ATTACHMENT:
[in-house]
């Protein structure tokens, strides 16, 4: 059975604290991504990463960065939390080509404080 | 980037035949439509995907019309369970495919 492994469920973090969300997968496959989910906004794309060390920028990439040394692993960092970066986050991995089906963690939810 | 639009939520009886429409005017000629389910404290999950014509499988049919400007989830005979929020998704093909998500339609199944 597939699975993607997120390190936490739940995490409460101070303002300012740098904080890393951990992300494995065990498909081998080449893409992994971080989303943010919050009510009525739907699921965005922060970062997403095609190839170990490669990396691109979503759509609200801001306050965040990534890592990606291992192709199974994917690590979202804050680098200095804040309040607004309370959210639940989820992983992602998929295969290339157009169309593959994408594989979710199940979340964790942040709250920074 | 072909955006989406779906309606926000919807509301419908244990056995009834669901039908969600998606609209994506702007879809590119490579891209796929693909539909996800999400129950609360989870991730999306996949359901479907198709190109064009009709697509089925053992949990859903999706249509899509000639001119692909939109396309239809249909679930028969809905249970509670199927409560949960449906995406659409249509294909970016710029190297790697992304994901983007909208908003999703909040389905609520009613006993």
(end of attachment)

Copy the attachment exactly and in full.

[in-house]
């Protein structure tokens, strides 16, 4: 059975604290991504990463960065939390080509404080 | 980037035949439509995907019309369970495919 492994469920973090969300997968496959989910906004794309060390920028990439040394692993960092970066986050991995089906963690939810 | 639009939520009886429409005017000629389910404290999950014509499988049919400007989830005979929020998704093909998500339609199944 597939699975993607997120390190936490739940995490409460101070303002300012740098904080890393951990992300494995065990498909081998080449893409992994971080989303943010919050009510009525739907699921965005922060970062997403095609190839170990490669990396691109979503759509609200801001306050965040990534890592990606291992192709199974994917690590979202804050680098200095804040309040607004309370959210639940989820992983992602998929295969290339157009169309593959994408594989979710199940979340964790942040709250920074 | 072909955006989406779906309606926000919807509301419908244990056995009834669901039908969600998606609209994506702007879809590119490579891209796929693909539909996800999400129950609360989870991730999306996949359901479907198709190109064009009709697509089925053992949990859903999706249509899509000639001119692909939109396309239809249909679930028969809905249970509670199927409560949960449906995406659409249509294909970016710029190297790697992304994901983007909208908003999703909040389905609520009613006993």